Lord Mandelson and his team, who were in Ethiopia for three days, also held discussions with Prime Minister Hailemariam, Minister of Finance, Sofian Ahmed, Industry Minister, Mekonnen Manyazewal and Agriculture Minister, Tefera Deribew.
Tarmacking the road to regional integration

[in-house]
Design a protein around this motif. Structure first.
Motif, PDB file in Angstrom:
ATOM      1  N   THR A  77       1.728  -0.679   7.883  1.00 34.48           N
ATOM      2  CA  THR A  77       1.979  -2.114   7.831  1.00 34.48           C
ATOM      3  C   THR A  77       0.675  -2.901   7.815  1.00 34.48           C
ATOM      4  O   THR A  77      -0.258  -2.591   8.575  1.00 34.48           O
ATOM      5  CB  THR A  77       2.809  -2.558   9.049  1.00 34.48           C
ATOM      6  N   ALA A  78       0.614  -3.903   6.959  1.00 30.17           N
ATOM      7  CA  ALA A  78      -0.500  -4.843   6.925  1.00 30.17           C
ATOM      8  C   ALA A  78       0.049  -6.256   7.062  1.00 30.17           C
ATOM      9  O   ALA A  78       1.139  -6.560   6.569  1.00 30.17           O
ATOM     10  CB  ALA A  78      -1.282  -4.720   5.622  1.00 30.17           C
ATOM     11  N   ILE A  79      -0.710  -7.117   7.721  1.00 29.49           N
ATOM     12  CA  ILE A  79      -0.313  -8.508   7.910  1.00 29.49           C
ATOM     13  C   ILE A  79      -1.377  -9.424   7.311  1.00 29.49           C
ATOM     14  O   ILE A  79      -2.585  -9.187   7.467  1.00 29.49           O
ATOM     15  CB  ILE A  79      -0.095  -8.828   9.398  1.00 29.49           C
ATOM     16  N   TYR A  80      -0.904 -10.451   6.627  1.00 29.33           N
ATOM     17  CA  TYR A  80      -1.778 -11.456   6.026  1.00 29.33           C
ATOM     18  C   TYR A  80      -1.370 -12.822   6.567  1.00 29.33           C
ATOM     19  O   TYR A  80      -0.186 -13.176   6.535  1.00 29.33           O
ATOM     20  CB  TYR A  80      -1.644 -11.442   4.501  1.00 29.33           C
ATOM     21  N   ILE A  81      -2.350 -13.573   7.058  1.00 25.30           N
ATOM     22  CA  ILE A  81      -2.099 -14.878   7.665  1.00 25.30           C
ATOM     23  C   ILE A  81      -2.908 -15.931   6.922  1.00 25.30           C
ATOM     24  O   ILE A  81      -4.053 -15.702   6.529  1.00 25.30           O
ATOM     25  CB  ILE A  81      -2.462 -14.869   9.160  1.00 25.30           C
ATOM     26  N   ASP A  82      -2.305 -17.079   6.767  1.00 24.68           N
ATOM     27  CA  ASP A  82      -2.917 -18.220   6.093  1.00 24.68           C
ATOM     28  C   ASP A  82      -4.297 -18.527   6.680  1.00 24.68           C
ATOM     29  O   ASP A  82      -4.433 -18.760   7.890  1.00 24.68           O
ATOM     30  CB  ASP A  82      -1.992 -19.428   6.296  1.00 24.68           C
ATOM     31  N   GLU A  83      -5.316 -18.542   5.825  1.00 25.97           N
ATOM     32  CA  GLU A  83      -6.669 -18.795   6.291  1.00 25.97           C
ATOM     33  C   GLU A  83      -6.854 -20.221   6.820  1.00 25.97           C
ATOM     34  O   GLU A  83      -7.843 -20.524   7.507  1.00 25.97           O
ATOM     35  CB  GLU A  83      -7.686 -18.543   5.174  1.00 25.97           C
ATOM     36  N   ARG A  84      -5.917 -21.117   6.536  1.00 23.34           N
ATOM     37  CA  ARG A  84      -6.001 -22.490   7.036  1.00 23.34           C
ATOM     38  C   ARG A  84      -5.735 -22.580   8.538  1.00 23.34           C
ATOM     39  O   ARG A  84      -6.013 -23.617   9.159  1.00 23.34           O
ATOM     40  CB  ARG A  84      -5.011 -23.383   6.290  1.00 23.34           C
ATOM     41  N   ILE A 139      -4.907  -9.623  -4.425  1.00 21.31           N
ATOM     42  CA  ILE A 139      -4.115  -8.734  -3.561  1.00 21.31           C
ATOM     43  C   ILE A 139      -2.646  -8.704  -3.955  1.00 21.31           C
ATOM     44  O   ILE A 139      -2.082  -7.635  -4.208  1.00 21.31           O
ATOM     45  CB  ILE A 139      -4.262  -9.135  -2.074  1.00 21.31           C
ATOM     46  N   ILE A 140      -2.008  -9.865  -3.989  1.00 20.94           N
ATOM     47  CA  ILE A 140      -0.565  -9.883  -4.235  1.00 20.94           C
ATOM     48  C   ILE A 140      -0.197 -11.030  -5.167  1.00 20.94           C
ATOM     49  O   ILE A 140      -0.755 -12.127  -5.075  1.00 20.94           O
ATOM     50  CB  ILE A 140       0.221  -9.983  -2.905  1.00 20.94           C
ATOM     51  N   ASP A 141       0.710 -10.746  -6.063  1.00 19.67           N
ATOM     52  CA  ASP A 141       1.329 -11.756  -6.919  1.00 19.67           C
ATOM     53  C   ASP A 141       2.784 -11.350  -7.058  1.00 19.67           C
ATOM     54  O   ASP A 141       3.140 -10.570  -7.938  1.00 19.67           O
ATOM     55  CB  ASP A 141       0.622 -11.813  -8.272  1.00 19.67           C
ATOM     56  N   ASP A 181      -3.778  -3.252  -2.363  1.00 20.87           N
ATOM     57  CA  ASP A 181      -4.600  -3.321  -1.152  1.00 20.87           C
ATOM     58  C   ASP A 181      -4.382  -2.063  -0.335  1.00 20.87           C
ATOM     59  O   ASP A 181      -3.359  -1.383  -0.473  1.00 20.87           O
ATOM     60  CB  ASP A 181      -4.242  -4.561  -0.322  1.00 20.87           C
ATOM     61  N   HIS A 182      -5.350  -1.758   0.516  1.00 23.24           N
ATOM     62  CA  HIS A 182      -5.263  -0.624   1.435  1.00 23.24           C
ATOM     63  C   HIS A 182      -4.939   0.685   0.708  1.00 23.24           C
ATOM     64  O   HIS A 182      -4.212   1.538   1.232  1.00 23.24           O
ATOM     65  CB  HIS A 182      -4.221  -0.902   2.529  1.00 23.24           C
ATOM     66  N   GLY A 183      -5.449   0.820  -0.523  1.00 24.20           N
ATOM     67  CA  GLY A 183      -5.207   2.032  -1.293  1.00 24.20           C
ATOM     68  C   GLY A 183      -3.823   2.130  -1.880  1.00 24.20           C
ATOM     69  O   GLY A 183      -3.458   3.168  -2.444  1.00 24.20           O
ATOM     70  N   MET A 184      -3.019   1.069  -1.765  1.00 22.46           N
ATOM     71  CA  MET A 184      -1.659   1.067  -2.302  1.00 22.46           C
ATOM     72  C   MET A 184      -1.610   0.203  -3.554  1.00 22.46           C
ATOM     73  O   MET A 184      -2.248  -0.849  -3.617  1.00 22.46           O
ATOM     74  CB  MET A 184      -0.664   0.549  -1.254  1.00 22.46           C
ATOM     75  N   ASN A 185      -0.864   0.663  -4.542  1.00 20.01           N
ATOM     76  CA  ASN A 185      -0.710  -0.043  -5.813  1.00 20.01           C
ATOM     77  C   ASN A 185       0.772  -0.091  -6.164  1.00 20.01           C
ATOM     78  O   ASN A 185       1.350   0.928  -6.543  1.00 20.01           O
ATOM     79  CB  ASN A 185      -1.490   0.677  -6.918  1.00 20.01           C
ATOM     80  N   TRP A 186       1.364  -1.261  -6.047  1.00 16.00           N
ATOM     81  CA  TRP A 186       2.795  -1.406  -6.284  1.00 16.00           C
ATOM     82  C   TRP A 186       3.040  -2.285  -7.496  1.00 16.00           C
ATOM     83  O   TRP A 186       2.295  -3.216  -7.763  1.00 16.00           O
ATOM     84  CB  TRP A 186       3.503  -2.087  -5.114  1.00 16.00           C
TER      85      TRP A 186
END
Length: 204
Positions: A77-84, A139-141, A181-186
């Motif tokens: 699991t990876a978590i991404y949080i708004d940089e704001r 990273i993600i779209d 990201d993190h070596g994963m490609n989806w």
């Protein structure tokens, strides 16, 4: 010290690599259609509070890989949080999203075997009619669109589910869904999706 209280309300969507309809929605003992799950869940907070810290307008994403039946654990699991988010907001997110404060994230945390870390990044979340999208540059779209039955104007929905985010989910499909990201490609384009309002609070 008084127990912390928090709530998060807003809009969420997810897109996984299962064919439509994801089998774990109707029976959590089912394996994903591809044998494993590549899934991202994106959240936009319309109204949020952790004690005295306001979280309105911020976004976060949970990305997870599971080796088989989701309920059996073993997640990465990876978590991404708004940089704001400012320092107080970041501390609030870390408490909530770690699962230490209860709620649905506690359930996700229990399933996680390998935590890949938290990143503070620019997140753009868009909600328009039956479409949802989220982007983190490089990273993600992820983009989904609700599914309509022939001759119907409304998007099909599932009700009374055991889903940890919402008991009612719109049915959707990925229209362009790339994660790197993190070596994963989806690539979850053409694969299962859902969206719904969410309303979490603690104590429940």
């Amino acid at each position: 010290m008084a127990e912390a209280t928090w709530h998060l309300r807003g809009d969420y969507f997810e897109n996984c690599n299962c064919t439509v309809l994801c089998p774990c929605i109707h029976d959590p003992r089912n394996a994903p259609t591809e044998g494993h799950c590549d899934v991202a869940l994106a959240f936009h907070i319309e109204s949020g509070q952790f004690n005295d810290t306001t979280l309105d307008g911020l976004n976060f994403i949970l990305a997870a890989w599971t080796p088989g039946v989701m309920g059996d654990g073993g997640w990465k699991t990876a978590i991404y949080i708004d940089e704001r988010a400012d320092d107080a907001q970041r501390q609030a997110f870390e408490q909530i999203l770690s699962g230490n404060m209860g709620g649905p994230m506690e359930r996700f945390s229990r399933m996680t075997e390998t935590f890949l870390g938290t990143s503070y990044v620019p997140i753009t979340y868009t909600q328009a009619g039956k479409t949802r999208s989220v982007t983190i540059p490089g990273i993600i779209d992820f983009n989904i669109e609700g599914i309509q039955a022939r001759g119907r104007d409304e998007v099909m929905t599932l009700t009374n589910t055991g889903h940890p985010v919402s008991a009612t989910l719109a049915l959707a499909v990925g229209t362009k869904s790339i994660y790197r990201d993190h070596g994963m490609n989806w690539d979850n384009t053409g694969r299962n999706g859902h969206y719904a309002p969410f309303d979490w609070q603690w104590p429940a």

In the post-colonial history of the Horn of Africa, economic integration remained a forgotten agenda which in turn made realization of it a distant prospect for the better part of the twentieth century. Indeed, it is no exaggeration to say that economic integration was given a back seat. Equally, the concept was also beset with numerous structural challenges that include similarity of major export items, ineptness of manufacturing sectors, disparity in economic and tax regimes and numerous conflict and war situations of both an intra- and inter-state nature within the countries of the sub-region. An equally important factor that made regional economic integration elusive was the absence of sound infrastructure within the sub-region. In the past decade however, the Horn has begun to witness a positive change in conditions affecting trade particularly in infrastructural development. The revitalization of IGAD in 1996, the encouraging economic growth of the nations of the region coupled with the relative regional peace and security spurred active interest in the economic integration. In this regard, both before and after its symbolic appointment as a champion of infrastructure within the IGAD framework, Ethiopia demonstrated enormous commitment to the construction of regional infrastructural works. Notable among these are the two tarmac roads connecting Ethiopian border cities with Sudan, the hydro power transmission lines in the Ethio-Djibouti, Ethio-Sudan and the Ethio-Kenya power projects, the fiber optic links to Somalia and Sudan, and the railway projects connecting Ethiopia and Djibouti. Another major project in this regard is the LAPSET project to link the new Kenyan port of Lamu to South Sudan. Ethiopia has consistently shown serious commitment to the reality that the only ‘road’ to regional economic integration and success is through addressing the continent’s infrastructure gap. Similarly, the New Partnership for Africa Development (NEPAD) outlines in its mission statement the view that “there can be no meaningful development without trade and there can be no trade without adequate and reliable infrastructure.” It is a well established fact that infrastructure is important for creating wealth, both within households and within enterprises. Further infrastructural links between the countries of the Horn can only serve to reduce the costs of enterprises whilst enlarging their potential markets. Enterprises will also be more willing and able to invest in productive assets, when the complementary capital is in place and services are at a low cost. Equally, for households, access to utility and infrastructure services dramatically improves living conditions and welfare. A welcome addition to the long list of projects aimed at connecting the region has been the recent agreement on the construction of a road project to connect Ethiopia with South Sudan. The Ethiopian Road Authority signed a $240 million deal with Indian contractors to connect Ethiopian border cities in Oromia and Gambela regions to the South Sudanese town of Pagak. Additionally, South Sudan has also announced the construction of a $50 million, 100km road set to connect the oil fields at Paloug, Upper Nile state to the town of Pagak, near the Ethiopian border. These ties, set to further integrate the sub- region, are further signs of the willingness and political will on both sides to achieve economic success. The construction of these roads, to be completed over the next year, is yet more evidence of the inter-state infrastructural growth that Ethiopia is encouraging and facilitating in the region. The completion of the project will provide manifold opportunities for regional economic integration. It is a well established reality that for most African countries, distance from primary markets and high transport costs inhibit participation in the global economy. Transport costs, dependent on levels of infrastructure, represent the greatest obstacle to regional economic success. The absence of roads and other infrastructure facilities stands as a major hindrance to intra-Africa trade in general and within the IGAD sub region in particular. The construction of the roads will go a long way to boost trade between the countries of the Horn. The first and most immediate benefit of the roads will come in the form of providing an invaluable contribution to cross-border trade between the neighboring regions of the states. The cross border trade in the Horn of Africa is characterized for its resilience even when favorable conditions for its survival were almost nonexistent. It was often operated illegally in the form of smuggling across the lengthy borders of many states. Against this backdrop, the construction of the road in this regard will have a positive contribution in two ways; the all weather tarmac road will increase the flow of goods and contribute to the cross-border trade volume, and a corollary will be the controlling of illegal cross border trade and formalizing trade relations.